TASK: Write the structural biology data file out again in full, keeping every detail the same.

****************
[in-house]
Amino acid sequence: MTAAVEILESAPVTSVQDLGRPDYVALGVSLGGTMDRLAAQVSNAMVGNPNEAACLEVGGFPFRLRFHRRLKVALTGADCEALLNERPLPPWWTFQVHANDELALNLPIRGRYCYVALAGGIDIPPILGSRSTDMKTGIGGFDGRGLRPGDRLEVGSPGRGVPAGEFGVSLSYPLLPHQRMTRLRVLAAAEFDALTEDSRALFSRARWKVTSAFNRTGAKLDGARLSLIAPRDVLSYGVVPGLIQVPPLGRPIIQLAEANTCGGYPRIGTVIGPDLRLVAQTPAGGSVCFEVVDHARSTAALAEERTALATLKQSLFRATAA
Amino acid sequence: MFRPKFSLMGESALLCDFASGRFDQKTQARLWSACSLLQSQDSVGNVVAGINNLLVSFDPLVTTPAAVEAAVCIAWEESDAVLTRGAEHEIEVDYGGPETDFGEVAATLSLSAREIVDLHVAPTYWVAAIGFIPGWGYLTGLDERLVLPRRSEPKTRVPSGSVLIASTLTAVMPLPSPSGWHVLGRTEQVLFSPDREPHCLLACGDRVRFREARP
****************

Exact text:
[in-house]
Amino acid sequence: MTAAVEILESAPVTSVQDLGRPDYVALGVSLGGTMDRLAAQVSNAMVGNPNEAACLEVGGFPFRLRFHRRLKVALTGADCEALLNERPLPPWWTFQVHANDELALNLPIRGRYCYVALAGGIDIPPILGSRSTDMKTGIGGFDGRGLRPGDRLEVGSPGRGVPAGEFGVSLSYPLLPHQRMTRLRVLAAAEFDALTEDSRALFSRARWKVTSAFNRTGAKLDGARLSLIAPRDVLSYGVVPGLIQVPPLGRPIIQLAEANTCGGYPRIGTVIGPDLRLVAQTPAGGSVCFEVVDHARSTAALAEERTALATLKQSLFRATAA
Amino acid sequence: MFRPKFSLMGESALLCDFASGRFDQKTQARLWSACSLLQSQDSVGNVVAGINNLLVSFDPLVTTPAAVEAAVCIAWEESDAVLTRGAEHEIEVDYGGPETDFGEVAATLSLSAREIVDLHVAPTYWVAAIGFIPGWGYLTGLDERLVLPRRSEPKTRVPSGSVLIASTLTAVMPLPSPSGWHVLGRTEQVLFSPDREPHCLLACGDRVRFREARP